Spectator on facebook

Spectator on facebook

UPDATED: 18. AUG 2016, AT 9:50

Sieť falling to pieces

Five renegades join forces with Most-Híd.

Roman Brecely(Source: TASR)

Not even the new leader of the smallest coalition party Sieť has managed to avert an impending split. Five critical MPs left the party, claiming that Transport Minister Roman Brecely will bring no change to the leadership. 

The renegades have subsequently joined forces with their coalition party Most-Híd, pointing to the programme proximity of the parties and the need for stability. Several media now speculate that current developments will impact the redistribution of power within the ruling coalition, though the politicians are silent about the possible consequences, referring to the need for the coalition council to summon a meeting.

The date for the meeting of the council where the coalition will discuss what consequences the departure of Sieť deputies will have on the coalition and its agreement has not been set yet.

Some political analysts, however, were clear about the future of Sieť on the political scene.

“Nobody can help the party, not even Brecely,” Grigorij Mesežnikov, president of the Institute for Public Affairs think tank, told The Slovak Spectator.

Read also:Read also:Sieť to change the coalition

Congress brought surprises

Before the congress several media outlets speculated whether previous chair and former presidential candidate Radoslav Procházka would try to run for the leading post. He, however, announced in the beginning of the meeting that he would remain only a rank-and-file member.

“For objective and subjective reasons I do not feel the moral right to lead the party,” Procházka said, as quoted by TASR.

Among the main reasons was the weak election result, but also the gradual departure of several people who made it to the parliament.

He was referring to Miroslav Beblavý, Katarína Macháčková and Simona Petrík who quit the party shortly after it joined the ruling coalition; but also to Andrej Hrnčiar, Martin Fedor, Eduard Adamčík, Katarína Cséfalvayová, and Igor Janckulík. They expressed distrust in Procházka after he had dismissed Hrnčiar and Fedor from their leading posts in mid-June, pointing to disrespect of the statutes of Sieť.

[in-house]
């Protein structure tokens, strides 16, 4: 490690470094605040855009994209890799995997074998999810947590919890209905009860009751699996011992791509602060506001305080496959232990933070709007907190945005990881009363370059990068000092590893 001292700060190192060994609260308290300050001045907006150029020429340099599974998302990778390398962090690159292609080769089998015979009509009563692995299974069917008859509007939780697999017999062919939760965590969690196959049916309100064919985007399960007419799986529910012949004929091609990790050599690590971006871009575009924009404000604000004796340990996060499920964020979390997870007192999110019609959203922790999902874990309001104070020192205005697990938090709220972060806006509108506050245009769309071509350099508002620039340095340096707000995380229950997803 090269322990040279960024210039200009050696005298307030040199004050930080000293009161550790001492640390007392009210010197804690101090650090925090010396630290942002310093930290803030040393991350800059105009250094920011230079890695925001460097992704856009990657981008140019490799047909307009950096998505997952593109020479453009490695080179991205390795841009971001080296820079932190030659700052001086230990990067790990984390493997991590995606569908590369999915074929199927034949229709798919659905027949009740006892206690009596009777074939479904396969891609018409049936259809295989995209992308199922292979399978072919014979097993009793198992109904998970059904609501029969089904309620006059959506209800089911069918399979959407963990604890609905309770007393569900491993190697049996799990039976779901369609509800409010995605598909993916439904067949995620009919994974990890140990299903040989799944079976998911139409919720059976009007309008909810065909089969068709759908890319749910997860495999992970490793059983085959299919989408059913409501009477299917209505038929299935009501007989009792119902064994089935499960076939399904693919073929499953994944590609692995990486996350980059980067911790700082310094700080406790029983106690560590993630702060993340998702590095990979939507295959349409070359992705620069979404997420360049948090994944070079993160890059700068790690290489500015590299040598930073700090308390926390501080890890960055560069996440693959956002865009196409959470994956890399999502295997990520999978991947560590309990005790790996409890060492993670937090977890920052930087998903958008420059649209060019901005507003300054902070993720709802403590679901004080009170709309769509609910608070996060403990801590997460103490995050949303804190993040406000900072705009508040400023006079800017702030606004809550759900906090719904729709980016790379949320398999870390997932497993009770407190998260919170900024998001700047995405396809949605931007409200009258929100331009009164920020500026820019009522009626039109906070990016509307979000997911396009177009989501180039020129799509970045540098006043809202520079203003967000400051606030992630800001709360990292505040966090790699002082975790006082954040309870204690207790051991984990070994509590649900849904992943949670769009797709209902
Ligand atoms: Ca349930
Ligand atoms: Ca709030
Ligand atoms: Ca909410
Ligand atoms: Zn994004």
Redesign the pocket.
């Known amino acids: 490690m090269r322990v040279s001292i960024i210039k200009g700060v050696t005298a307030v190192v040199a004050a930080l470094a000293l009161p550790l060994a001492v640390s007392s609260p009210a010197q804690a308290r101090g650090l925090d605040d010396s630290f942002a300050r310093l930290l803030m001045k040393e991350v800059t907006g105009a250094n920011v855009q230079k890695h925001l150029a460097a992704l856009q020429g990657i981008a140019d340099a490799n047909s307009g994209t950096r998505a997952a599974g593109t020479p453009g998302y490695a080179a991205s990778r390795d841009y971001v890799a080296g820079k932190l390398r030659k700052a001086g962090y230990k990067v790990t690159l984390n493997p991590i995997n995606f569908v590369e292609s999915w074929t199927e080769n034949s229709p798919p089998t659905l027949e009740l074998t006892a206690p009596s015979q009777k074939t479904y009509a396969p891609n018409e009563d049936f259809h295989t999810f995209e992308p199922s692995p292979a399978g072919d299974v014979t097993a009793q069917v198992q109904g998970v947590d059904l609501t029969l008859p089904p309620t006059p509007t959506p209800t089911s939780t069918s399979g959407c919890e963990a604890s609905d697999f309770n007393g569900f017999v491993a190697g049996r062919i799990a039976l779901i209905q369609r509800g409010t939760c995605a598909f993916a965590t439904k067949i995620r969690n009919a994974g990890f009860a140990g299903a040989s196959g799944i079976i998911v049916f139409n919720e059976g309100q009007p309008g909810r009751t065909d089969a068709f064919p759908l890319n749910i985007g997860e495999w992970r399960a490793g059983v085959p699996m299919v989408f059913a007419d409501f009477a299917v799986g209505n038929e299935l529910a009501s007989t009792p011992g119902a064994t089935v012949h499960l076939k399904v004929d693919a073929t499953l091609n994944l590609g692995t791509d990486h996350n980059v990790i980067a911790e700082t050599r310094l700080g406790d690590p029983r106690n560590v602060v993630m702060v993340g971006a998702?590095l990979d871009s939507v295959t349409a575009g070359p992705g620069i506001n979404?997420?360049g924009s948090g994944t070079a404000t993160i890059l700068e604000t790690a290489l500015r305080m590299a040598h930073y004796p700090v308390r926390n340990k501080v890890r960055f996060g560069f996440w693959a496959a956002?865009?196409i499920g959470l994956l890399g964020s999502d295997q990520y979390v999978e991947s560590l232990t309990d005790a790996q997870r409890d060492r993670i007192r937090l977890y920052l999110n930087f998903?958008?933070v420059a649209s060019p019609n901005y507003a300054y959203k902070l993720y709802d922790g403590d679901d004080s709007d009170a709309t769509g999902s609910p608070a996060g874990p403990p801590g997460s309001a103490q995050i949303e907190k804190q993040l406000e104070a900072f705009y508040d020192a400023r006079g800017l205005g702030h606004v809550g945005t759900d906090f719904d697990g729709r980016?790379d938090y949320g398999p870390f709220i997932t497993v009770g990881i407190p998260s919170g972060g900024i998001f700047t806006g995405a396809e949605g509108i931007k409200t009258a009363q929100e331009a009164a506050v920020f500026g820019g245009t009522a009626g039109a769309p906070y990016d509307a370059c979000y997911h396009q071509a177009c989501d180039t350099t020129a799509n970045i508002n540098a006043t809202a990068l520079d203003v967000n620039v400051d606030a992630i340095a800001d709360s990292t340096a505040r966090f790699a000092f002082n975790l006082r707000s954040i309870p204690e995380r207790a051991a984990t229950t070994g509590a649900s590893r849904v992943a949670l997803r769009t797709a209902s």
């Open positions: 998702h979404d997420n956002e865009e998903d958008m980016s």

“The leader is a person joined by the others, not left by them,” Procházka added, as quoted by TASR.

Not even the two Sieť members who had announced their candidacy before the congress, Eduard Adamčík and Tomáš Stoklasa, eventually ran for the post. While the former left the meeting after the delegates had refused to discuss the re-installment of Hrnčiar and Fedor to their previous posts, the latter surrendered after Brecely was nominated.

“It was not a pre-arranged plan, I did not have the ambition to become the party’s chair,” said Brecely, as quoted by TASR, after he was supported by 86 of 125 delegates present at the congress.

Brecely was suggested by Jozef Hodoši from eastern Slovakia, who met him only for the second time. However, he explained that the party is in a bad state and needs a good crisis manager, which Brecely is, he explained to the Sme daily.

Procházka responded to the nomination by using vulgarisms, which was also captured by a microphone which broadcast the congress live for a private news channel TA3. He later apologised for his behaviour, the Denník N daily wrote.

Read also:Read also:Lessons from Sieť

MPs leave

The change in the leading posts however has not prevented Hrnčiar, Fedor, Adamčík, Cséfalvayová, and Janckulík from leaving the party. Brecely met with them on August 15, but without any result. 

“We have not received any guarantees for eliminating the reasons for which we founded the For Responsible Politics platform,” reads the official statement sent to media on August 16.

The MPs think nothing will change in Sieť.

What problems will the new leader have to deal with? What is Procházka's future?

The rest of this article is premium content at Spectator.sk
Subscribe now for full access

Annual
subscription

29 €
Buy
You save 17.80 € compared with monthly subsription
Quarterly
subscription
9.90 €
Buy
You save 1.80 € compared with monthly subsription
Monthly
subscription
0.98 €
Buy
Price is only for new subscribers for their first month. All other months are standard price of 3.90€

I already have subscription - Sign in

Subscription provides you with:
  • Immediate access to all locked articles (premium content) on Spectator.sk
  • Special weekly news summary + an audio recording with a weekly news summary to listen to at your convenience (received on a weekly basis directly to your e-mail)
  • PDF version of the latest issue of our newspaper, The Slovak Spectator, emailed directly to you
  • Access to all premium content on Sme.sk and Korzar.sk

Top stories

The art of baking Bratislava rolls Photo

Vienna has Sacher torte, Budapest has Somlói galuska and Bratislava has rolls

Ján Šimunek loves Bratislava rolls, especially those filled with poppy seed.

Parties only protect their market share

Rent seeking behavior and a code of loyalty are not the ways to operate a successful democratic political party.

Interior Minister Robert Kaliňák

Fifth ice cathedral open to visitors Photo

The ice cathedral in the High Tatras will be open during the whole winter season.

Slovak wines in museum of world wines Photo

Slovak winemakers gifted 336 bottles to the museum.